An animal barn and a petting at a Maine county fair are under investigation after two children became infected with E. coli. The fair has been identified as the Oxford County Fair. One child has tragically died, while another continues to suffer from life-threatening hemolytic uremic syndrome (HUS). The Centers of Disease Control and Prevention (CDC), through its Maine affiliate, is now focusing its efforts on the petting zoo and animal barns at the Oxford County Fair which took place over the weekend of September 16-19. According to a CDC spokesperson, the CDC “is working with the State Veterinarian and the Department of Agriculture, Conservation and Forestry to investigate the fact that each child attended the Oxford Fair and visited the animal barns and petting zoo.” There is a very real threat that the E. coli could be taken from this event to another in Maine or a neighboring state.
The same CDC spokesperson confirmed that the children in this outbreak, who both attended the Oxford County Fair, tested positive for Shiga Toxins related to E. coli poisoning. No serotype has yet been released, but it is likely E. coli O157-H7.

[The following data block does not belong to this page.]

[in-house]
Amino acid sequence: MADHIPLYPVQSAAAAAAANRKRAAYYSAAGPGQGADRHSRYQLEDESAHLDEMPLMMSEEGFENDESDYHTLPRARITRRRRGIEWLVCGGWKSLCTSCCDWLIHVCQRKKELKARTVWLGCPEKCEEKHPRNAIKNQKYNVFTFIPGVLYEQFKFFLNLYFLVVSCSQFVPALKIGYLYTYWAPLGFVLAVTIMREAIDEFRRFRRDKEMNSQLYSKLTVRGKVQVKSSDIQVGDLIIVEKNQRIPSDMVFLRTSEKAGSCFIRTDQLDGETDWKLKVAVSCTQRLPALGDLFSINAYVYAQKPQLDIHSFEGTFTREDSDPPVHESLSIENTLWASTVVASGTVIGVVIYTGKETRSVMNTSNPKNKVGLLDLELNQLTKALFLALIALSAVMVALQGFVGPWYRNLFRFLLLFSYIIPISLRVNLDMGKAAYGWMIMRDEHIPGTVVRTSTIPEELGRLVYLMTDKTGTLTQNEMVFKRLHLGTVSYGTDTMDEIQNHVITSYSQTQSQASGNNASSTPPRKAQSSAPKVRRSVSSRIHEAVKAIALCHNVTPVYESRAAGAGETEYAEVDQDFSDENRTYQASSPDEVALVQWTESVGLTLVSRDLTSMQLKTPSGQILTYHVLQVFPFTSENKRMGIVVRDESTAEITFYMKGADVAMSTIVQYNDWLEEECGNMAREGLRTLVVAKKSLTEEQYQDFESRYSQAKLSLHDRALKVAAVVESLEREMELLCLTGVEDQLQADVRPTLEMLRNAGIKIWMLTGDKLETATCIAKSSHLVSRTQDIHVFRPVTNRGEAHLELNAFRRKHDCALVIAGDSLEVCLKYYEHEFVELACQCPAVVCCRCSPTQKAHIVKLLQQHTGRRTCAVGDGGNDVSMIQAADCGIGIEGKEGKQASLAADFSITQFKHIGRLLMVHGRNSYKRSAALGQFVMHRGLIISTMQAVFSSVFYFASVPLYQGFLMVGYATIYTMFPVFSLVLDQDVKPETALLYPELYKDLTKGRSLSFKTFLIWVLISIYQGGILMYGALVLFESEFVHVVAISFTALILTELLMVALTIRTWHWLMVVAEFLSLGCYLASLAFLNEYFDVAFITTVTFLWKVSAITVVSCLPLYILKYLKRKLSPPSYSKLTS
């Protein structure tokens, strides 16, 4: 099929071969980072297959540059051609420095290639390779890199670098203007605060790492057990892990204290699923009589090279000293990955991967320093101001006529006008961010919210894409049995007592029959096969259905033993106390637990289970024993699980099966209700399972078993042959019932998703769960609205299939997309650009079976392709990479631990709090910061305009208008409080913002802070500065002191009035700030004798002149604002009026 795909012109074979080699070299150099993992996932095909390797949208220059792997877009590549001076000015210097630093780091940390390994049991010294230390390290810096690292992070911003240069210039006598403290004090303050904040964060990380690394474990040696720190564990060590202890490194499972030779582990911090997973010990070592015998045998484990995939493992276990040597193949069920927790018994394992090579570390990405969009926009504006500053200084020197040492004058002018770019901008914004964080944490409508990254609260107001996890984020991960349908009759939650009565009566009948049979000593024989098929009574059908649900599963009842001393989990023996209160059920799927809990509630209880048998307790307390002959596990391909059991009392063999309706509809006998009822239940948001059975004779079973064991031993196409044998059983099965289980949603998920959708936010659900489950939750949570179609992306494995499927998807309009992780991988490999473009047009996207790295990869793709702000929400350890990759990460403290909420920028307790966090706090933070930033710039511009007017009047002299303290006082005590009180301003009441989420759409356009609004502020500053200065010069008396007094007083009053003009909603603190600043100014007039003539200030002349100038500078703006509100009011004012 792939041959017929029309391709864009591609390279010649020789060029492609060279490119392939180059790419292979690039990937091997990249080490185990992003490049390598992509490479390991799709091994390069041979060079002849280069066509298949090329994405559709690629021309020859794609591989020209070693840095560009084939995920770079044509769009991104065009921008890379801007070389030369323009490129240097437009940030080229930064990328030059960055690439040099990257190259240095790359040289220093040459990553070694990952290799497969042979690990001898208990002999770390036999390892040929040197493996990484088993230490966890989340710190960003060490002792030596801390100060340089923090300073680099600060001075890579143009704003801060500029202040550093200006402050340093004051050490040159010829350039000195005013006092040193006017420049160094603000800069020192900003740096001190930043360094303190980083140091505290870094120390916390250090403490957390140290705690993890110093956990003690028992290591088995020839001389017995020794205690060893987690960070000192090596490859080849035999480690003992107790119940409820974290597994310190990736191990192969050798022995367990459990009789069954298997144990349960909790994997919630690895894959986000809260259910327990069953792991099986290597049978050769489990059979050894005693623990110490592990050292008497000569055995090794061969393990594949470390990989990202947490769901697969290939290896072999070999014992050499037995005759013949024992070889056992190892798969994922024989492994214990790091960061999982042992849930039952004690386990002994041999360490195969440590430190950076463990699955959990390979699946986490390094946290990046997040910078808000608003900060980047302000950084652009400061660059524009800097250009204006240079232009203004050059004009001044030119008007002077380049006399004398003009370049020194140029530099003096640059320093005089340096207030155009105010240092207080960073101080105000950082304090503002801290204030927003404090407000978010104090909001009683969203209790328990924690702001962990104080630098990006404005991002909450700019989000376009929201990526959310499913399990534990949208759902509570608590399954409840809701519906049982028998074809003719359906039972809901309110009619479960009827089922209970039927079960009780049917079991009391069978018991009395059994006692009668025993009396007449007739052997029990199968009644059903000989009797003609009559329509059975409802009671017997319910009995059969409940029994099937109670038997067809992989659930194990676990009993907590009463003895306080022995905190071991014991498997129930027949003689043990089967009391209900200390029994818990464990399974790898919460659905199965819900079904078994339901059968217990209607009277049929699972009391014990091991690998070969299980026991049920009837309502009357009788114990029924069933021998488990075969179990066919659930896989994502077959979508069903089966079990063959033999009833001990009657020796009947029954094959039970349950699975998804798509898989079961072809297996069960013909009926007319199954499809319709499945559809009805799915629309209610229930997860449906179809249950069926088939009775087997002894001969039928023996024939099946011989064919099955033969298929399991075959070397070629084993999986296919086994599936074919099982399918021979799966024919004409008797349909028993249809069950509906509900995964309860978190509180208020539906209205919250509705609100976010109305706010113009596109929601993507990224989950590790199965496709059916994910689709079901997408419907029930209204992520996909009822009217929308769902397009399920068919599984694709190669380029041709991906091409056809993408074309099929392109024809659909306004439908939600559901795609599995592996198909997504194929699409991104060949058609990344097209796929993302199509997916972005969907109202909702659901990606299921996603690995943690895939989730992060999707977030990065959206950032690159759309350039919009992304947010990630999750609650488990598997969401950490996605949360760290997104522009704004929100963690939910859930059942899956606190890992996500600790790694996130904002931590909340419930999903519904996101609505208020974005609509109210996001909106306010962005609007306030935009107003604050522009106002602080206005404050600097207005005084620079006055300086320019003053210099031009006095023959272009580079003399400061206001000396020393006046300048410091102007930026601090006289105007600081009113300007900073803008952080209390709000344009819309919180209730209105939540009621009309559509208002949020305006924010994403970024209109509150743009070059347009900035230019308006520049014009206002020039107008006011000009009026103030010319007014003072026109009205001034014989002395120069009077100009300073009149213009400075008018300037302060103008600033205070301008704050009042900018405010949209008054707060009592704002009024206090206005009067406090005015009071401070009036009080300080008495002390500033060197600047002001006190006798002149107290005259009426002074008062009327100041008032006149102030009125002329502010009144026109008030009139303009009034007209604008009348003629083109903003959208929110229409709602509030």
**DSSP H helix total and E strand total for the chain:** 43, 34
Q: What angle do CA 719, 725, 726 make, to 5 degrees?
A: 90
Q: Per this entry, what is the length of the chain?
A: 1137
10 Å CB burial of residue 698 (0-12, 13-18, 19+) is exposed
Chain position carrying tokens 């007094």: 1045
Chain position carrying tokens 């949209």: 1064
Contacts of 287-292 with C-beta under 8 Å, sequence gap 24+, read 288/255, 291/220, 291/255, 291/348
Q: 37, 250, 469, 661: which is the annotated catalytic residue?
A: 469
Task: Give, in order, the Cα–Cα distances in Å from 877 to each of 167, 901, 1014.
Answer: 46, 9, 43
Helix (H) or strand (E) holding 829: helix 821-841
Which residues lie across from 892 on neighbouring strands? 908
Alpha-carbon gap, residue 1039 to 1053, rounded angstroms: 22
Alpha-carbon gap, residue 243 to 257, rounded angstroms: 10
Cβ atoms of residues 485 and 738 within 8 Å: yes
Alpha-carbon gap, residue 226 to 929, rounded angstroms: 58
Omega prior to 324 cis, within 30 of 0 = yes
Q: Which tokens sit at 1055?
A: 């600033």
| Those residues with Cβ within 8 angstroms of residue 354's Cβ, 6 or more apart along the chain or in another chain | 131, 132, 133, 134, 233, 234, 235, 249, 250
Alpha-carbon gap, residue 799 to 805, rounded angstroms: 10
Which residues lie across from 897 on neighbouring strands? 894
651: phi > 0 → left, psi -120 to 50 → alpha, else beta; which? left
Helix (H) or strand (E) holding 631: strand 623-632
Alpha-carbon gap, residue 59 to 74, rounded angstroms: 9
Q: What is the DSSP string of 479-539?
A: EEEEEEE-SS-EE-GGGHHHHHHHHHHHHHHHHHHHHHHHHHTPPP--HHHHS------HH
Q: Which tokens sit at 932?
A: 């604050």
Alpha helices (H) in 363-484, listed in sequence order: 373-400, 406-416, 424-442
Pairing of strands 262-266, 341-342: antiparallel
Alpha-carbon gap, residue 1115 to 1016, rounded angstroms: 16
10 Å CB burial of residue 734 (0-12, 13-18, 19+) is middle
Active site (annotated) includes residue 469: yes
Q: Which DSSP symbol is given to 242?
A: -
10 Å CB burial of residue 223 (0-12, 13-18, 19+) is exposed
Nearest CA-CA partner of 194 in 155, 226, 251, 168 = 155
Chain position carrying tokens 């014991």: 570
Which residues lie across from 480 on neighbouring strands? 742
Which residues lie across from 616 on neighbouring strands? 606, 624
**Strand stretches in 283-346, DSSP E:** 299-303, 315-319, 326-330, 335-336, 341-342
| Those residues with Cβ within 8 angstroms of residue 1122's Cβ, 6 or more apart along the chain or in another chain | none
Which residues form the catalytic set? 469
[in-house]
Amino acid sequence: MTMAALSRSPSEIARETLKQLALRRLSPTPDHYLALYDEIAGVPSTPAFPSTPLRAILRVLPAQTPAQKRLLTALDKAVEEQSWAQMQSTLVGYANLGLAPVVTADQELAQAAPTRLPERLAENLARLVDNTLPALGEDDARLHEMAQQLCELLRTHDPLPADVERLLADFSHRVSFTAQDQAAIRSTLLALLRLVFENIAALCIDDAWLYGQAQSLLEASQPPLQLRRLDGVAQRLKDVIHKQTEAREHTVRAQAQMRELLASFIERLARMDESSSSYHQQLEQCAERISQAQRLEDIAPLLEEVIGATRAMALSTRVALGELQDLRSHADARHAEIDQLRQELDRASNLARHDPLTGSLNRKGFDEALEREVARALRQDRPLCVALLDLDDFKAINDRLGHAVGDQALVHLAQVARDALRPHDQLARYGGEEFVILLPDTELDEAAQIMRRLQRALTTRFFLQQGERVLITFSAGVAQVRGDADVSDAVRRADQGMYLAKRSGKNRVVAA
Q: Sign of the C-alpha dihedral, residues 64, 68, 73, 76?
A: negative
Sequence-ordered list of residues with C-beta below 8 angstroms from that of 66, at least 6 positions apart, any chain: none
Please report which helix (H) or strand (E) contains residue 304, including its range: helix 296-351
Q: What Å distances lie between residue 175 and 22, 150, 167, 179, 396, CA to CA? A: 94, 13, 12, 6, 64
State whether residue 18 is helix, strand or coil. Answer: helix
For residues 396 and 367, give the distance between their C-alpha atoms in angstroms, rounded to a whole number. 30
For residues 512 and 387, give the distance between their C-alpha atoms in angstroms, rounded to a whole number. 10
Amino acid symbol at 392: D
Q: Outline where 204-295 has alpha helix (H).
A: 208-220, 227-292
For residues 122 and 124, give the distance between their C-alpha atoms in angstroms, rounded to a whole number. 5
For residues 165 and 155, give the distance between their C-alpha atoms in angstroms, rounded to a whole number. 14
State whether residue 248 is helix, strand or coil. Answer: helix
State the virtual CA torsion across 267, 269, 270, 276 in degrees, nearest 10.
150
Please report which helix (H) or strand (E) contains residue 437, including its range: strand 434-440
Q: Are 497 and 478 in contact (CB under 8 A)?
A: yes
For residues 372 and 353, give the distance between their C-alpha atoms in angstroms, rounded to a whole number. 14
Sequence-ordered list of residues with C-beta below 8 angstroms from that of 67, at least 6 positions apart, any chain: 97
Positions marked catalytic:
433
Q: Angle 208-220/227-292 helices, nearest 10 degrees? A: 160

One of the two children has been identified by name, and is a youngster just four months shy of his second birthday, Colton Guay. Tragically, little Colton died as a result of his injuries. Lucy Guay, Colton’s grandmother, told reporters: “To the best of our knowledge, he never touched an animal but he was in the petting zoo.” Colton had been hospitalized on September 29th, and died on October 5th.

“Nothing can come close to the heartbreak we all feel for the Guay family,” said E. coli lawyer Ron Simon, “which is why we have been advocating for years that petting zoos implement safety standards that will safeguard the many children who enjoy them.” Ron Simon has been advocating establishing strict rules over contact with these animals, including such things as hand washing sinks, sanitizer, and education for parents at every petting zoo and livestock event. “Most E. coli cases are the result of contact with animal feces, and that makes these events inherently dangerous if proper animal handling procedures are not fully implemented.”

For information about Petting Zoo E. coli Wrongful Death litigation, or to speak to a food poisoning lawyer, call 1-888-335-4901.